Even though my subjects were less than enthusiastic about the photo shoot, I thought I had a decent starting point. This Sunday morning we returned for the real thing. Scout was mad that we took away her toy before forcing her to line up against a wall to pose for a silly picture with Catcher, so she threw herself down in the parking lot and shed a few tears:

I enjoy the candid moments in life, so I knew we'd walk away with some good outtakes if nothing else, but at the same time we're under a time crunch since Christmas is fast approaching. In addition to the screaming, getting the two to actually stand next to one another was another obstacle:

We finally got them next to each other and ended up with a cute picture (bottom)...

...until I decided I wasn't happy with my choice of outfits. Like I said, I'm not matchy-matchy, but a little coordination would make for a better picture. I guess I am over-thinking this, but it's serving as my project for the moment. Stay tuned for the final...if I can ever commit.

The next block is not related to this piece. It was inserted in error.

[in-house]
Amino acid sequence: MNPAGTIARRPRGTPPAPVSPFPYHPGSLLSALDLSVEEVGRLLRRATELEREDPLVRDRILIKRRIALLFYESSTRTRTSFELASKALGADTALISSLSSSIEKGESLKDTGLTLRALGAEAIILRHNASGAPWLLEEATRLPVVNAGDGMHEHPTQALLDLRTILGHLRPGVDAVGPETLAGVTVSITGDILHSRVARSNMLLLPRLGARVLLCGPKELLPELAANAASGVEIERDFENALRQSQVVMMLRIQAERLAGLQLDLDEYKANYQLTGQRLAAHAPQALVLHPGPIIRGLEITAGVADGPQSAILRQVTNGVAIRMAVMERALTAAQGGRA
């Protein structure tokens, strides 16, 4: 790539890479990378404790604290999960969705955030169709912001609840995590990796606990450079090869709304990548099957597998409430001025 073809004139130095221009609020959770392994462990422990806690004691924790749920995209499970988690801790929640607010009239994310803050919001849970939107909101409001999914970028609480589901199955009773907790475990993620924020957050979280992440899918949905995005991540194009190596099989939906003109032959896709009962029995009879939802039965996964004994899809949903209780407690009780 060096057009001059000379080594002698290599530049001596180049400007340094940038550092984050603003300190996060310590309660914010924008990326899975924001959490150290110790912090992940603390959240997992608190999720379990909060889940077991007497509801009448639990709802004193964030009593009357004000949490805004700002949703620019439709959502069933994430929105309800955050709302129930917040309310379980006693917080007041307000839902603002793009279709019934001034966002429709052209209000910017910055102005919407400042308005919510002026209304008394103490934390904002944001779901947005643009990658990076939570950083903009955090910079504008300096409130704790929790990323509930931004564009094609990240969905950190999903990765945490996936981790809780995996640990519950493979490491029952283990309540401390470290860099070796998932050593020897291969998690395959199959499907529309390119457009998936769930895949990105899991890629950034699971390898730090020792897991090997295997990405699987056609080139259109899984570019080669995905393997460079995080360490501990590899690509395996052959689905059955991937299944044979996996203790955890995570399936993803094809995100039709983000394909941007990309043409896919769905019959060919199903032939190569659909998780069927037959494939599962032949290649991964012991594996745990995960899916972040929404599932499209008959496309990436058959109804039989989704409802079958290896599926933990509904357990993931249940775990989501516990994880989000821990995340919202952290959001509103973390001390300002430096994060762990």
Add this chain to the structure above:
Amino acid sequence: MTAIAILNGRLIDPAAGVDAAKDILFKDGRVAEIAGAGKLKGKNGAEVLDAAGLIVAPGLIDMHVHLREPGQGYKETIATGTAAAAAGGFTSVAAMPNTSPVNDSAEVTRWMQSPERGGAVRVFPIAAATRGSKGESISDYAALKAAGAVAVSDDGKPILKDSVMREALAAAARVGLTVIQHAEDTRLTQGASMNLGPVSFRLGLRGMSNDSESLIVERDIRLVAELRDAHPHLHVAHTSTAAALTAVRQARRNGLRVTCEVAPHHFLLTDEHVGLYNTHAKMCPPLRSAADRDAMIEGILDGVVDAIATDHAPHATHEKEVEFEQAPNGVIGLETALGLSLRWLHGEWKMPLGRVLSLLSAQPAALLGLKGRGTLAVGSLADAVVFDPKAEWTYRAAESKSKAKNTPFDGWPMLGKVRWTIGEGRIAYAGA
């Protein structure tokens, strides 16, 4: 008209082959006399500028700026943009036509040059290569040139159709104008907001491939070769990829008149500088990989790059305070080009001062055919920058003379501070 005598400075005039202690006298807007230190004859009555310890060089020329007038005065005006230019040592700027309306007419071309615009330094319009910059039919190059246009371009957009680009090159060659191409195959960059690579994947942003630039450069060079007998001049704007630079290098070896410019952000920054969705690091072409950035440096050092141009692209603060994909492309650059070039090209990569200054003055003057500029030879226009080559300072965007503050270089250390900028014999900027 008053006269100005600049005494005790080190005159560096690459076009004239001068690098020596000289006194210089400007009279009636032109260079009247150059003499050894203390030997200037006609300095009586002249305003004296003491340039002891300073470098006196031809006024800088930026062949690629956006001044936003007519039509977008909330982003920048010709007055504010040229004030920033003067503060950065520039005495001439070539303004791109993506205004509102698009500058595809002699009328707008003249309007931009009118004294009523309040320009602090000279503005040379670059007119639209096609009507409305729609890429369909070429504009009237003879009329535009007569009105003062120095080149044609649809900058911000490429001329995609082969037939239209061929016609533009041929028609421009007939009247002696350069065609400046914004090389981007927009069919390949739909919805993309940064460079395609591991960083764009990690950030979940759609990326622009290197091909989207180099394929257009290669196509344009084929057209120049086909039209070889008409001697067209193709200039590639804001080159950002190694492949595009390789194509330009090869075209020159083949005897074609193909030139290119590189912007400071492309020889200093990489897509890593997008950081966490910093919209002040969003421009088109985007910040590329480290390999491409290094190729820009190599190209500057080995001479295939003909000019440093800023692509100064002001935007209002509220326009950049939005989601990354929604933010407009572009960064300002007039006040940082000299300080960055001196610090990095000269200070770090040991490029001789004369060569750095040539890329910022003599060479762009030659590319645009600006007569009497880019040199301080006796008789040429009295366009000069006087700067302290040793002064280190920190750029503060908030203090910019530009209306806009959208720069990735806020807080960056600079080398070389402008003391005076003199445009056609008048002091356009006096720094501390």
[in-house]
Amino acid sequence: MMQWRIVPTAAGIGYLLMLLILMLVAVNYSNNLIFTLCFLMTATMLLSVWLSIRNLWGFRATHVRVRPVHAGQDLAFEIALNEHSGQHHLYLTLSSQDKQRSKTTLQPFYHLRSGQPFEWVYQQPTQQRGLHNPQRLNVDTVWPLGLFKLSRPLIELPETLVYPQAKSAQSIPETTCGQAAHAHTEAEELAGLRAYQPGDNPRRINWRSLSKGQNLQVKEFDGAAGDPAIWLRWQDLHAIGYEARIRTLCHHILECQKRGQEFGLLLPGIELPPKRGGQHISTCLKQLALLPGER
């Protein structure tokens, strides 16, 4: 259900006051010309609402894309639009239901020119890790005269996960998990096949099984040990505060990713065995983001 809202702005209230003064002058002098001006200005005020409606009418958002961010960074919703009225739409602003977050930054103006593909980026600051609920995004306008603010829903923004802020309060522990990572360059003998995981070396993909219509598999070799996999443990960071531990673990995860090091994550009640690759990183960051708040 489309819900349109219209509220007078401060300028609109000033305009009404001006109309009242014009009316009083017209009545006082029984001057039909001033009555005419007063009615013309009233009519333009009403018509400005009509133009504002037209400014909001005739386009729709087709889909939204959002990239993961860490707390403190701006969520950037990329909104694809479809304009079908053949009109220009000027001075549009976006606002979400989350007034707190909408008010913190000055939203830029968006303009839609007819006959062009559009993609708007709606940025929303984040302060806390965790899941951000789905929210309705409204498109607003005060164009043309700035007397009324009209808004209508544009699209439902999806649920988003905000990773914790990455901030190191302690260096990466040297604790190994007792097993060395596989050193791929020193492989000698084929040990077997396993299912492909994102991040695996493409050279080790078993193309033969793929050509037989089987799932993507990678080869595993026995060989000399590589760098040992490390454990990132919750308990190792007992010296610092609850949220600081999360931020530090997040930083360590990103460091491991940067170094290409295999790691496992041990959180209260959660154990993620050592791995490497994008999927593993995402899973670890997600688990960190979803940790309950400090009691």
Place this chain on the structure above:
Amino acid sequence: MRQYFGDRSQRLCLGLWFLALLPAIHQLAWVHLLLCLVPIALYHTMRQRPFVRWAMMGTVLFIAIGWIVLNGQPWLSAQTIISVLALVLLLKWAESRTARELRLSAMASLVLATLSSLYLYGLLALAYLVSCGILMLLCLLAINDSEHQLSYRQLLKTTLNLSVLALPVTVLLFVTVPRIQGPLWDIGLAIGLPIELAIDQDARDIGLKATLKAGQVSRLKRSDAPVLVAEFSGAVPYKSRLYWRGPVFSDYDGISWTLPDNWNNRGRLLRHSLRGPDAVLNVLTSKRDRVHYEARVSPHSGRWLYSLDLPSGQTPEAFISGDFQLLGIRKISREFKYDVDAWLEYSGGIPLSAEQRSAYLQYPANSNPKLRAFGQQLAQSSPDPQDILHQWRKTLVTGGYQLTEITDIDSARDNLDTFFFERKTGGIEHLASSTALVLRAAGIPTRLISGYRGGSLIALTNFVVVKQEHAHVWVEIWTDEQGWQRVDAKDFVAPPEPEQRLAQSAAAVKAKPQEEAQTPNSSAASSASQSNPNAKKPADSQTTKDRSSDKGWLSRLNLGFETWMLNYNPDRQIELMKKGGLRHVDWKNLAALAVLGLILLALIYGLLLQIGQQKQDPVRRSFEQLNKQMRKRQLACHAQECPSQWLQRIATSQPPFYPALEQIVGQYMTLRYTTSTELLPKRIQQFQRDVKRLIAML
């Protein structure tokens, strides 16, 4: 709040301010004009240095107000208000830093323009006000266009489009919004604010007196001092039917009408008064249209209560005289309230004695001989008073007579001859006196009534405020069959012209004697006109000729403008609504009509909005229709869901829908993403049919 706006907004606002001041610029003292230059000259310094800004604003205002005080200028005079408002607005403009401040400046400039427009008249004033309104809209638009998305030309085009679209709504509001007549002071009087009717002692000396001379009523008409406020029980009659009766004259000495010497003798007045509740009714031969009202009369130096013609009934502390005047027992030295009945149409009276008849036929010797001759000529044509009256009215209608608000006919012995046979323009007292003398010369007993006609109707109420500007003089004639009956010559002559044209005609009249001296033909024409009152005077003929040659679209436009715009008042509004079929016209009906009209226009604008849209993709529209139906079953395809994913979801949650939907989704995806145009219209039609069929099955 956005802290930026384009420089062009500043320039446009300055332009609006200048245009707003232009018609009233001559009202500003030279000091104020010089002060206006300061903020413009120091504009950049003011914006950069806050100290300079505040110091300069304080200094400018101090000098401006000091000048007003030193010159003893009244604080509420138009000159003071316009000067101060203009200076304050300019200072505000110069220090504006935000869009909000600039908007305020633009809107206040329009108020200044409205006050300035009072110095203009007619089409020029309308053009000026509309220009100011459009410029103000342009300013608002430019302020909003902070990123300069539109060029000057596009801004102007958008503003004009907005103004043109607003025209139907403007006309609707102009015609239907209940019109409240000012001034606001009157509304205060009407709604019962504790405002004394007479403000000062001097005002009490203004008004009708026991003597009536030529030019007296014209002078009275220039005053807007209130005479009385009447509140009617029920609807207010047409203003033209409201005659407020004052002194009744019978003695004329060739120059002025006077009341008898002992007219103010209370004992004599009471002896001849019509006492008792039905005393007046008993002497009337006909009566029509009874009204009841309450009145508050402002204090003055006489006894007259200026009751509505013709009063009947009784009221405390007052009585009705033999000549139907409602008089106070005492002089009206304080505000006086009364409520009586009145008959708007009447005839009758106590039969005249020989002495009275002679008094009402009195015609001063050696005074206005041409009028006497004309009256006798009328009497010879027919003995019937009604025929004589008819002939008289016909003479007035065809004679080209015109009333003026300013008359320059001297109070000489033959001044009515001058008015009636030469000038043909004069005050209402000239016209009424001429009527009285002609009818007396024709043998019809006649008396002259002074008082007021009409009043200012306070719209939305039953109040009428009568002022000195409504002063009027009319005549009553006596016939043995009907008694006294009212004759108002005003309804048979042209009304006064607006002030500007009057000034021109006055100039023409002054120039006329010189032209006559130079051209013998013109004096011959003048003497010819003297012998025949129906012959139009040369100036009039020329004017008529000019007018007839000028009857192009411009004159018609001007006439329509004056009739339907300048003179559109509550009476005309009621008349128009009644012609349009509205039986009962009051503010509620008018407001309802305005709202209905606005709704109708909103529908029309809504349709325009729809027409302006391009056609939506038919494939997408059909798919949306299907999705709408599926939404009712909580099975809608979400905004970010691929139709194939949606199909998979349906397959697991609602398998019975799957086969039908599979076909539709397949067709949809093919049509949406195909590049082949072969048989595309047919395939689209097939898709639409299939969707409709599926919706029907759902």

P.S. If you're on my Christmas card receiving list, this is not a spoiler. I'm already onto something else.


a shout out to the shorties

After Alex found our stockings last week, I found the perfect spot to hang them next to our cute little Christmas tree. Having a small Christmas tree has been a throwback to our days in New York for the past several years. It's one of our things. We always felt sorry for the little trees that didn't get sold, and it would be impossible to fit any "normal" sized tree in a 300 square-foot Manhattan apartment (not to mention trekking it down the bitterly cold street blocks and up four flights of stairs into your building). The little guys will always have a place in our home.

I see you: check out the tiny devil in the bottom right corner sneaking from the candy dish...


gingerbread house, take one

Being true to my word, this week Catcher and I stayed inside on an unseasonably cold day and tried our hand at crafting the perfect gingerbread house--four of them, actually. Please note: these pictures have not been enhanced. View at your discretion--the images may be disturbing for some audiences.